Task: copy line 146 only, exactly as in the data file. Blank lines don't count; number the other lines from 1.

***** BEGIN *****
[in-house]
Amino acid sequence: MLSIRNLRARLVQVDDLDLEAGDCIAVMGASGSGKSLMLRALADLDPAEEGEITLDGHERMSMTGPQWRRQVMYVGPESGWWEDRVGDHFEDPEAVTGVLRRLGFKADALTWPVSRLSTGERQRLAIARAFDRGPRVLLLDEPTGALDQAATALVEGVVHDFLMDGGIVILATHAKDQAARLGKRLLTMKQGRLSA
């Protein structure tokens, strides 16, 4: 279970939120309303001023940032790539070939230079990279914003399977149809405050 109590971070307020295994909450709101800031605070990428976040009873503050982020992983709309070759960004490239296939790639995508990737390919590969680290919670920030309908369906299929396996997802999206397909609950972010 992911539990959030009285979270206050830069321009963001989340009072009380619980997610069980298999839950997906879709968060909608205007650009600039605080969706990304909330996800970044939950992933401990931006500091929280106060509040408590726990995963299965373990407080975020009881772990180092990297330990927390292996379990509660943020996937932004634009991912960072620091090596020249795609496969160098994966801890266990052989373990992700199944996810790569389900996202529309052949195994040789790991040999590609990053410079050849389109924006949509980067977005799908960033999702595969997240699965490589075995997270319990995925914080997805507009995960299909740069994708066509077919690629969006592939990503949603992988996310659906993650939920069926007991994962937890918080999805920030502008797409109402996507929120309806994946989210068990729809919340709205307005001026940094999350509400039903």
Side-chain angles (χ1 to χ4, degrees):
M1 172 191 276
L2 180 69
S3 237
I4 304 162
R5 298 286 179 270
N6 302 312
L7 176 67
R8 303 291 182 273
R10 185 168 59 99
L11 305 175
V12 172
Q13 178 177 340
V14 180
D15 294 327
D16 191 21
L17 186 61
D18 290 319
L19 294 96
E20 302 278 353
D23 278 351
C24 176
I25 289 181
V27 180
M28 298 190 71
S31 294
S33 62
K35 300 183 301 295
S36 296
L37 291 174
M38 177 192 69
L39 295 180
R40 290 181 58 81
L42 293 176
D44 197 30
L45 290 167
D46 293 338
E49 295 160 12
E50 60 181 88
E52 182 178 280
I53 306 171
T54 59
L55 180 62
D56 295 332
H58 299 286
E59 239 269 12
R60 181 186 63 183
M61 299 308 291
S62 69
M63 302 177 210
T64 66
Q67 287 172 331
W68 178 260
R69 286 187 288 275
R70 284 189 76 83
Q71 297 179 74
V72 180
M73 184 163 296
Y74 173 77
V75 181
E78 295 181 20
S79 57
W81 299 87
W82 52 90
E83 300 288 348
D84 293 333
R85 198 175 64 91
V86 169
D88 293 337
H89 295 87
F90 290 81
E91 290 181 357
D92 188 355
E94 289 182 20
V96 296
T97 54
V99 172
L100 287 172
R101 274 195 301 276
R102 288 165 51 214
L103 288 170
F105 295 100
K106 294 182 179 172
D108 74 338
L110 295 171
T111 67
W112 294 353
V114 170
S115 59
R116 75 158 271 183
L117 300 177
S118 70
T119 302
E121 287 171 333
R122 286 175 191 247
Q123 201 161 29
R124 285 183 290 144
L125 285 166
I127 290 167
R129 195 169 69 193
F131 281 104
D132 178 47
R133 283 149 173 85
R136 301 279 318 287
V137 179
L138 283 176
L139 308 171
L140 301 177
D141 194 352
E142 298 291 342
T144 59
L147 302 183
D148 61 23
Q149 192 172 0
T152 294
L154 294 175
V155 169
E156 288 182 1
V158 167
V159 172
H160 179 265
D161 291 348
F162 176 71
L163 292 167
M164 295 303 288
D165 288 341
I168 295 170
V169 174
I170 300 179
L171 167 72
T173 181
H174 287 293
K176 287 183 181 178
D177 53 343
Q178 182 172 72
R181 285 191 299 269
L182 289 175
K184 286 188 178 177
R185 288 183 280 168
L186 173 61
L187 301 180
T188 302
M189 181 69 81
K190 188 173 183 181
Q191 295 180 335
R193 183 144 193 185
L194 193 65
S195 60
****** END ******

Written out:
M189 181 69 81